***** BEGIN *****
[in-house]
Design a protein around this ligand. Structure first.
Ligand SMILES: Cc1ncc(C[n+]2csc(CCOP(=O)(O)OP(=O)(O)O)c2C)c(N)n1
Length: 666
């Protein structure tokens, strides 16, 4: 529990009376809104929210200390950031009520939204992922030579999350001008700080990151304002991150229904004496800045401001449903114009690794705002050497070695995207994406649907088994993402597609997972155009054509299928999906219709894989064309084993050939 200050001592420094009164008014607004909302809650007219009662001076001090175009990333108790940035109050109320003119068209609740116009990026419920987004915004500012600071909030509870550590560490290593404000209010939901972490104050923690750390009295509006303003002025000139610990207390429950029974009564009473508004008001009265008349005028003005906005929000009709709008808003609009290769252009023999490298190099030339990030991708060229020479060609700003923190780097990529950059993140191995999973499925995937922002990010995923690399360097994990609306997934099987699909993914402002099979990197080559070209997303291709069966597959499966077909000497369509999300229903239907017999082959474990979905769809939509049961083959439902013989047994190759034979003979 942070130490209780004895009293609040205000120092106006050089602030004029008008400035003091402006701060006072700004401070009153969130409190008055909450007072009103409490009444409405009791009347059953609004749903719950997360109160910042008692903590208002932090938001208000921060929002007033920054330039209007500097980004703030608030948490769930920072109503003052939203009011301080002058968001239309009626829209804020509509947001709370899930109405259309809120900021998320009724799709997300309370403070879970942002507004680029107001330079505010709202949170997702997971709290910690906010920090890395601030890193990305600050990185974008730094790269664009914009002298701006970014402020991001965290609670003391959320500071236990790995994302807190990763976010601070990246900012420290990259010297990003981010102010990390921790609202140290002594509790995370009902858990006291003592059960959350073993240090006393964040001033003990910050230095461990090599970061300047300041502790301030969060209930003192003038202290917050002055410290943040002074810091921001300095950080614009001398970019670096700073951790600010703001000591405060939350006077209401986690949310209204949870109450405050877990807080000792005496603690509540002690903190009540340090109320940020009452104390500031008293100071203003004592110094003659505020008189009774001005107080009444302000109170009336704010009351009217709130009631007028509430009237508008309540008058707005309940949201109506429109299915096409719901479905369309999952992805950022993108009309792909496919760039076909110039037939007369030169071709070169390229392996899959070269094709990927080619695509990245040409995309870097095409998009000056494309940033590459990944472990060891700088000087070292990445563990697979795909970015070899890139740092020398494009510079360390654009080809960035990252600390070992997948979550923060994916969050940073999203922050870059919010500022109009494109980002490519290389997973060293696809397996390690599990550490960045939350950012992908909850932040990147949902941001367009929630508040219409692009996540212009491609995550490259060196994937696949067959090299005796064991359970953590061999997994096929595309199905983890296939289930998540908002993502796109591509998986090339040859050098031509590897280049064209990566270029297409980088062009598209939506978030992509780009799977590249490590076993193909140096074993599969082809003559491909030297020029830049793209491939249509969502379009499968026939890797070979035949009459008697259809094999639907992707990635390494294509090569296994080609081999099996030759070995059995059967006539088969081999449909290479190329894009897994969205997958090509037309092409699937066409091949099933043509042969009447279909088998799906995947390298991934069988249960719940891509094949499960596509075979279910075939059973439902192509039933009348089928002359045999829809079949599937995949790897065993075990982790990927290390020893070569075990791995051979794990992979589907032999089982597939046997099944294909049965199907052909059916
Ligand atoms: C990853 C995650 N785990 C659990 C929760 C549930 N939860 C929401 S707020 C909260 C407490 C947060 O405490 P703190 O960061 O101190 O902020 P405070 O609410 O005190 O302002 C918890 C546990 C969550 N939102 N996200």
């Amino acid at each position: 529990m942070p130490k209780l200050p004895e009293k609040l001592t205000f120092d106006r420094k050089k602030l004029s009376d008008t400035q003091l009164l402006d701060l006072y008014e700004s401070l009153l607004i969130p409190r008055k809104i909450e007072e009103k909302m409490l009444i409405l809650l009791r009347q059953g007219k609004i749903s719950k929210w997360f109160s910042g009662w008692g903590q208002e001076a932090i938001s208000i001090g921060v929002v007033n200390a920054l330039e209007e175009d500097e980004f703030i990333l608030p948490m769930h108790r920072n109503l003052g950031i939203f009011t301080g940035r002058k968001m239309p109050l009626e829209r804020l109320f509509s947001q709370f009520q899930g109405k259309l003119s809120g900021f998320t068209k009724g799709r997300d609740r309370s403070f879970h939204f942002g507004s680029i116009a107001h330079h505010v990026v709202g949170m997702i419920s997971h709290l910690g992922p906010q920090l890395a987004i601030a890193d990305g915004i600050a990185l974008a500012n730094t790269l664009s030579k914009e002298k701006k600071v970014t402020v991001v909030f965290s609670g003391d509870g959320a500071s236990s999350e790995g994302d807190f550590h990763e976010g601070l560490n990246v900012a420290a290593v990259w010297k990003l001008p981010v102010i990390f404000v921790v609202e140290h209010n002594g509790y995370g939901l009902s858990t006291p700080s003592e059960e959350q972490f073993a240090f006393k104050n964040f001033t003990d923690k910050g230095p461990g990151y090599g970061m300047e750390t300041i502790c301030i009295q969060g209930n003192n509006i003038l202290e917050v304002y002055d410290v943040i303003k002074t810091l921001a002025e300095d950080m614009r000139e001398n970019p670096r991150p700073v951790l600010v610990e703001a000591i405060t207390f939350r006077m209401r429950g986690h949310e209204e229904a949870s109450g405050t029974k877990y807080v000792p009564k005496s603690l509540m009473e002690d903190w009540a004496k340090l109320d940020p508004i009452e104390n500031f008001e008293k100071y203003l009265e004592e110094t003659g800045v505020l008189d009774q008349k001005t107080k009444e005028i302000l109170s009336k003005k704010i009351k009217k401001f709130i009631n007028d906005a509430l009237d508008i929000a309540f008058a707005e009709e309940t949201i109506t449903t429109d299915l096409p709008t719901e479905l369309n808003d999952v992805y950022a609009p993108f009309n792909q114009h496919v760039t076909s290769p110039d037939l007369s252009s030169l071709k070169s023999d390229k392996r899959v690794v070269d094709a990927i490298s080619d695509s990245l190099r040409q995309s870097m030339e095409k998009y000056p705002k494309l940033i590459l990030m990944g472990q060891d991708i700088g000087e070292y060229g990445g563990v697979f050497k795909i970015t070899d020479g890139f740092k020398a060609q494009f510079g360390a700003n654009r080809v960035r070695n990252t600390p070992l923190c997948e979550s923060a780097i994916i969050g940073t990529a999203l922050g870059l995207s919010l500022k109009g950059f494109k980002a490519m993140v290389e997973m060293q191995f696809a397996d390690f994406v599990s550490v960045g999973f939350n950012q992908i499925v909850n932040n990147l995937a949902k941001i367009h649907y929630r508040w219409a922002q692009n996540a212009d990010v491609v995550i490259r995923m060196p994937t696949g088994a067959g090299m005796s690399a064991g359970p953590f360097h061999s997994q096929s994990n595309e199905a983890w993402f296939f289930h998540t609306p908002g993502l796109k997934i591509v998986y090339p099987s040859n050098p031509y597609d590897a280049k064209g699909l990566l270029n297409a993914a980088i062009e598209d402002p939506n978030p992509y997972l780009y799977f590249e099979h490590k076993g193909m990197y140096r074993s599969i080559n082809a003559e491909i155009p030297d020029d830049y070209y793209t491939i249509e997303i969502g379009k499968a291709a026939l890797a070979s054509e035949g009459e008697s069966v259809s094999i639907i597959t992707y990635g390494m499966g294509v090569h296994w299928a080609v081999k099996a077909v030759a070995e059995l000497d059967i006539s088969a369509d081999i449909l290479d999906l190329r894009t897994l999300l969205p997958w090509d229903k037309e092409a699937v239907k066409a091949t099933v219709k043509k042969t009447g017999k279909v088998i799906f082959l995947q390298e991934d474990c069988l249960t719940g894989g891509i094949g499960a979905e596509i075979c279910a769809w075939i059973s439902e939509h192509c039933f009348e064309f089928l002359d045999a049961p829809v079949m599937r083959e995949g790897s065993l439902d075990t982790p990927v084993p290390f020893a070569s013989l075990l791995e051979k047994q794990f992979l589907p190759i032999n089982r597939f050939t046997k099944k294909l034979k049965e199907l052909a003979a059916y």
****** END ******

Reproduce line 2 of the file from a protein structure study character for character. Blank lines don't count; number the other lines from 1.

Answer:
Design a protein around this ligand. Structure first.